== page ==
7. I'll answer with an example. Illuminate a ColorChecker with illuminant A i.e. incandescent light. The grey patches appear neutral to the human observer because of eye/brain adaptation. Take a photo of it - a raw file. Open the raw file in the raw converter using the "Incandescent" setting. The processing engine will generate a XYZ(D50) intermediate colour space (i.e. the PCS) where the grey patches of the ColorChecker will have xy chromaticity of (0.34567, 0.35850) i.e. D50. When XYZ(D50) is transformed to sRGB, AdobeRGB etc. the XYZ(D50) chromaticity of (0.34567, 0.35850) will be mapped to (1,1,1), (0.7, 0.7, 0.7) etc. depending on intensity which will appear white/grey. So to the human observer, the ColorChecker patches that appeared white or grey in the original scene will appear white or grey in the final image. I didn't realise you had access to a spectrometer but it's certainly a good alternative for calibrating your CCM from a ColorChecker. Mark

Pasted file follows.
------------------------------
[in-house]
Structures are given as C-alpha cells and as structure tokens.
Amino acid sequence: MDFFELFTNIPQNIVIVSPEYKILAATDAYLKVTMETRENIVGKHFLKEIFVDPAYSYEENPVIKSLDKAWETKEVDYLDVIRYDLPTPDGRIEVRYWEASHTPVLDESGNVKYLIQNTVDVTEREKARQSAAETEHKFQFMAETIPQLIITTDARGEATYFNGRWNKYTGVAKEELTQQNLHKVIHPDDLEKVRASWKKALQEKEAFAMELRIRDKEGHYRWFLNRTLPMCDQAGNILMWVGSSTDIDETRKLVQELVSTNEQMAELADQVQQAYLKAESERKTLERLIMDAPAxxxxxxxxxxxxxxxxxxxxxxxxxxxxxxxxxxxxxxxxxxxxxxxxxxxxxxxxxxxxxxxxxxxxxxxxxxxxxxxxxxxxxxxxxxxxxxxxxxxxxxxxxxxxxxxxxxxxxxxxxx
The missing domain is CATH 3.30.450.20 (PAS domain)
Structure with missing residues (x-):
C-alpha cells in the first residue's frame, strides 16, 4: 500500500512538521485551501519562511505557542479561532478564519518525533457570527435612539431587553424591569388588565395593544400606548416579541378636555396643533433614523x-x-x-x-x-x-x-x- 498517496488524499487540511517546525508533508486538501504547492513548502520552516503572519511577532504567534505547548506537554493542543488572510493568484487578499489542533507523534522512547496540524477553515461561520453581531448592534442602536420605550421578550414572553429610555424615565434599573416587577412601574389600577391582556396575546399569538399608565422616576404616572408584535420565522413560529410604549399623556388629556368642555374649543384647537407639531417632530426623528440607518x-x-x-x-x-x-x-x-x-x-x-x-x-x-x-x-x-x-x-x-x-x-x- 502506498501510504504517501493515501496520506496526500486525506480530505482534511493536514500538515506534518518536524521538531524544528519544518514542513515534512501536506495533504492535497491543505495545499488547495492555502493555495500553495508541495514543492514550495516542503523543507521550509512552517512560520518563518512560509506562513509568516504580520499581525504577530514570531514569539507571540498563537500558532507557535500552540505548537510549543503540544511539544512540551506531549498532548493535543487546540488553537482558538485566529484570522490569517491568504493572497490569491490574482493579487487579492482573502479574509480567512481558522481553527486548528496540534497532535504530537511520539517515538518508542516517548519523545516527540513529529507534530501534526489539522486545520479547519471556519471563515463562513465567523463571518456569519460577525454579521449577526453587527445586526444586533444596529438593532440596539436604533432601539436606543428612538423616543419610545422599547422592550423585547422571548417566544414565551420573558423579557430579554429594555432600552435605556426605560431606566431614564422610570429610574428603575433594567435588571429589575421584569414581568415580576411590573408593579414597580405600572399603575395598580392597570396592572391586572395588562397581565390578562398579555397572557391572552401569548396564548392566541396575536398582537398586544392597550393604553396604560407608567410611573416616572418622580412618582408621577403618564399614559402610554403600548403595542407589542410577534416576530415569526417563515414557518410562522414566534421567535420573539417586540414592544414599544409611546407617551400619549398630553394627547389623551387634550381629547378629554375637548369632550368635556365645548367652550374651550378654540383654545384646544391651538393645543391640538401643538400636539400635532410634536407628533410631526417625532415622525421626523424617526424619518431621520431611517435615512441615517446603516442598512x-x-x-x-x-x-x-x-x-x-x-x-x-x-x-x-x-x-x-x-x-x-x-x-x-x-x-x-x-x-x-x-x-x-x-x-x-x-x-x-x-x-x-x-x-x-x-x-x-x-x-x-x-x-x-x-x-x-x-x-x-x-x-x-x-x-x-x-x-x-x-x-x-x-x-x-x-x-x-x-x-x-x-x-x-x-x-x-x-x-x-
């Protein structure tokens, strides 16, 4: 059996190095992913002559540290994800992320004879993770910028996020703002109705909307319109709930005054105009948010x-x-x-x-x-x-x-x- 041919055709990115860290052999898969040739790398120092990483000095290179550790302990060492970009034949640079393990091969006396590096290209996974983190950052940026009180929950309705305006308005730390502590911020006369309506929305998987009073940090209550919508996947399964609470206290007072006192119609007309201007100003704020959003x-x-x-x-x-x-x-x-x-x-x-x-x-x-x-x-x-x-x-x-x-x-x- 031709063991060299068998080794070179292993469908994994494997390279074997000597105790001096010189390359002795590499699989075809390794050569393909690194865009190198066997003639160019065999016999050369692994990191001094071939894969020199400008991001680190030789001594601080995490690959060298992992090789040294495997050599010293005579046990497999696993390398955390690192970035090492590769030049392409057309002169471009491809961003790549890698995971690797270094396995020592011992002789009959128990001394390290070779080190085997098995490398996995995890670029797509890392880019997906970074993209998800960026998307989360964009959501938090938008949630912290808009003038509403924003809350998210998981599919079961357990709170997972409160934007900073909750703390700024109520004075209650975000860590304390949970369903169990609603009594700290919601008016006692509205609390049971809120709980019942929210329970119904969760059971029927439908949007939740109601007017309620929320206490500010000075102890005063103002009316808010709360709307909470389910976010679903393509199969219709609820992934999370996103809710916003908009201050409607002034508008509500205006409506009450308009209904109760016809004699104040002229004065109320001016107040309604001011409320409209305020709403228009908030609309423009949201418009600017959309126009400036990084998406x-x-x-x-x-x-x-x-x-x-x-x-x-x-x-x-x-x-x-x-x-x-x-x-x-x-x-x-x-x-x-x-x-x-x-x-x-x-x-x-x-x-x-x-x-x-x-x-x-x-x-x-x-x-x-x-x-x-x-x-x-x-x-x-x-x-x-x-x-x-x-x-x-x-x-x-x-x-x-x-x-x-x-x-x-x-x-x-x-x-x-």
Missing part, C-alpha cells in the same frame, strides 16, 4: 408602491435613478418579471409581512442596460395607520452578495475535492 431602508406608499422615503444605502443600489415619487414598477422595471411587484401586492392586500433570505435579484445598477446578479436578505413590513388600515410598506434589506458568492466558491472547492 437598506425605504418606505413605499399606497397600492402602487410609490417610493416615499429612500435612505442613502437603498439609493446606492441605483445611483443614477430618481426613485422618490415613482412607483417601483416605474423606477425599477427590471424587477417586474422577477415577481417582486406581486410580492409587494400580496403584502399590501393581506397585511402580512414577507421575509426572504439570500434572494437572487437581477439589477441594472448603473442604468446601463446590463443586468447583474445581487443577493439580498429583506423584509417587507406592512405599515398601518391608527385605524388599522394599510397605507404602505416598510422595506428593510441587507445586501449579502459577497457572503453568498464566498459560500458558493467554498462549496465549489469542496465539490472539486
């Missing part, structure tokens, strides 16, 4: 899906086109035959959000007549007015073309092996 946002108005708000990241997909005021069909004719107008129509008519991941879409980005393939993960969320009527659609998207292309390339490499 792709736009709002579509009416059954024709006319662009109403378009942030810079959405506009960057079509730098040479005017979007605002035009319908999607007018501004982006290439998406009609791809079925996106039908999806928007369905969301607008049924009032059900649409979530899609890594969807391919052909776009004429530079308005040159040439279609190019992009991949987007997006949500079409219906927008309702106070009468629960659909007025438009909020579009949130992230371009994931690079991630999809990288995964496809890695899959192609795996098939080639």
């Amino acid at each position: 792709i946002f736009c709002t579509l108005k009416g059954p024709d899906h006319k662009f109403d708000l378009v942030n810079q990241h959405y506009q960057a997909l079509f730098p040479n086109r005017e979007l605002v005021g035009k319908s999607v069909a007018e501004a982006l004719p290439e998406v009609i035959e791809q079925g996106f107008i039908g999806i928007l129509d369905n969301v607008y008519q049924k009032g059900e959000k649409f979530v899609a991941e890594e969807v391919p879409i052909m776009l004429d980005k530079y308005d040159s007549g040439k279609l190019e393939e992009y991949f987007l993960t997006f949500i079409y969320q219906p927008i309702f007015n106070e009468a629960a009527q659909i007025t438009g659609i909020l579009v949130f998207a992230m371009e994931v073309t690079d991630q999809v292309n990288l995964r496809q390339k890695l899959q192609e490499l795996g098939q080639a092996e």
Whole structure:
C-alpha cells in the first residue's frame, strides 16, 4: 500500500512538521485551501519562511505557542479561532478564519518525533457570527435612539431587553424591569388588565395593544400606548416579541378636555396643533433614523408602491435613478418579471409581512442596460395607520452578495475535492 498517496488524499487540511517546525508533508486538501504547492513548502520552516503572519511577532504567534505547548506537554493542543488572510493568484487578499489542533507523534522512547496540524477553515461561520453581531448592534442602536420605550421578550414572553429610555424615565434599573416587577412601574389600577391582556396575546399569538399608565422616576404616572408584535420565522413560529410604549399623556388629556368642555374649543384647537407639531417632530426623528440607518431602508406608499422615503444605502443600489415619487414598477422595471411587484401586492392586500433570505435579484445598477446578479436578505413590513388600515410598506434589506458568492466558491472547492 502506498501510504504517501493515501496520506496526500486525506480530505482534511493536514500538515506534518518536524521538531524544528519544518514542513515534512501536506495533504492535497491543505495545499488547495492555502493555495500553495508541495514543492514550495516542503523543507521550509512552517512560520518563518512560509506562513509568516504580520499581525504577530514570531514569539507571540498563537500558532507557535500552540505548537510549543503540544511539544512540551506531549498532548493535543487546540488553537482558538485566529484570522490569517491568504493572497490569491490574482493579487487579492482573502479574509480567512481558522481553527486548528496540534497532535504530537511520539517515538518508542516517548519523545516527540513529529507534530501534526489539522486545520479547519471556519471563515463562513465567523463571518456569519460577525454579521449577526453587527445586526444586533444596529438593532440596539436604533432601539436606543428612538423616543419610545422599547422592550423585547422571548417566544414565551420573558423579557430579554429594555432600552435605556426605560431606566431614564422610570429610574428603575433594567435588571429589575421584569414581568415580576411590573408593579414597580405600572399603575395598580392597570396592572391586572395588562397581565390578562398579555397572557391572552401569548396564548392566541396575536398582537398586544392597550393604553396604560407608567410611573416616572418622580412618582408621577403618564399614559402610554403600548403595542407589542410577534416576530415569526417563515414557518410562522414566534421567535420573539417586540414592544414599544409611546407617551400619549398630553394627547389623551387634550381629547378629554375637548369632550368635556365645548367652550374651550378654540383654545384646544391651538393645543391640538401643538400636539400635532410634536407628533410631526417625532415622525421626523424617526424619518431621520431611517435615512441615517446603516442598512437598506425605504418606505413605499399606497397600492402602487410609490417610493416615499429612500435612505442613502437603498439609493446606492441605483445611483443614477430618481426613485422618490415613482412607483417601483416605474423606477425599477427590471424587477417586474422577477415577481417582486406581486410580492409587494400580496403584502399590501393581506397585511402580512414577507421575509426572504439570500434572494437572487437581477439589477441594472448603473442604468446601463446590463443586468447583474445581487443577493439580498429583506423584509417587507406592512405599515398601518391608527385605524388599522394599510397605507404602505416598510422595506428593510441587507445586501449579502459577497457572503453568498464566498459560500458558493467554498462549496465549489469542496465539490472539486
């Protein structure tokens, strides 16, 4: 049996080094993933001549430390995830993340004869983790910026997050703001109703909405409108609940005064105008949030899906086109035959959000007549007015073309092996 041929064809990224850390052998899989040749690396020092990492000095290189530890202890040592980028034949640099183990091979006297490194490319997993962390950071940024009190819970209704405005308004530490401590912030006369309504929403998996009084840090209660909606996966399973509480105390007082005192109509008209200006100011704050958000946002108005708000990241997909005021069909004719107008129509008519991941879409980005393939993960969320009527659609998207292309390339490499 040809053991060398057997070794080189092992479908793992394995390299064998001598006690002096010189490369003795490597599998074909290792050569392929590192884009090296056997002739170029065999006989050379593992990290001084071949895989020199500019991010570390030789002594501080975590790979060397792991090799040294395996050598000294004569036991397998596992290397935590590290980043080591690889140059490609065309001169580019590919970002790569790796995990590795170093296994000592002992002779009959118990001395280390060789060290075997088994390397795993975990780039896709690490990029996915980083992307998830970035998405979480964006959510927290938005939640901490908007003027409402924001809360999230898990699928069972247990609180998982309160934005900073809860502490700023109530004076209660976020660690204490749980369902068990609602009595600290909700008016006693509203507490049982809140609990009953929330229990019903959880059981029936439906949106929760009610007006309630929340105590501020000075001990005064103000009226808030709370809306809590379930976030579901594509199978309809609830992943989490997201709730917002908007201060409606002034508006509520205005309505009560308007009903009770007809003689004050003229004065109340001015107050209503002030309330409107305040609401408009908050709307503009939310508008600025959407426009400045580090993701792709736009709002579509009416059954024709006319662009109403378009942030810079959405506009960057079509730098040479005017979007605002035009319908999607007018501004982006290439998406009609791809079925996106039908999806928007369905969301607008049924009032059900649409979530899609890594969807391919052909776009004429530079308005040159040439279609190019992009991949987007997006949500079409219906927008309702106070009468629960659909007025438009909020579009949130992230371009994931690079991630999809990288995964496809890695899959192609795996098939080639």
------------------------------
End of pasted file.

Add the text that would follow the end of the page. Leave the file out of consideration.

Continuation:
8. XYZ(D50) is the Profile Connection Space (PCS). It is based on XYZ but it's a perceptive colour space where the illuminant of any photographed scene is mapped to the D50 chromaticity. In other words when you open an image in your raw converter the temperature/tint combination that you actively choose (or is chosen by default) will be mapped to D50 in the PCS. The PCS is at the heart of all colour management because ICC profiles are based on the PCS. It is the standard used by displays, printers etc. I honestly cannot see how a ColorChecker can be used to generate a Colour Correction Matrix without reference to the PCS. By the way it is really worth looking at the BabelColor spreadsheet I linked earlier: https://www.babelcolor.com/index_htm_files/ColorChecker_RGB_and_spectra.zip It's a fascinating resource which contains ColorChecker coordinates in many different colour spaces, deltaE stats and even spectral power distributions of each colour patch of the ColorChecker. The ColorChecker pages on BabelColor are also very informative: The ColorChecker Pages (Page 1 of 3) (babelcolor.com) Mark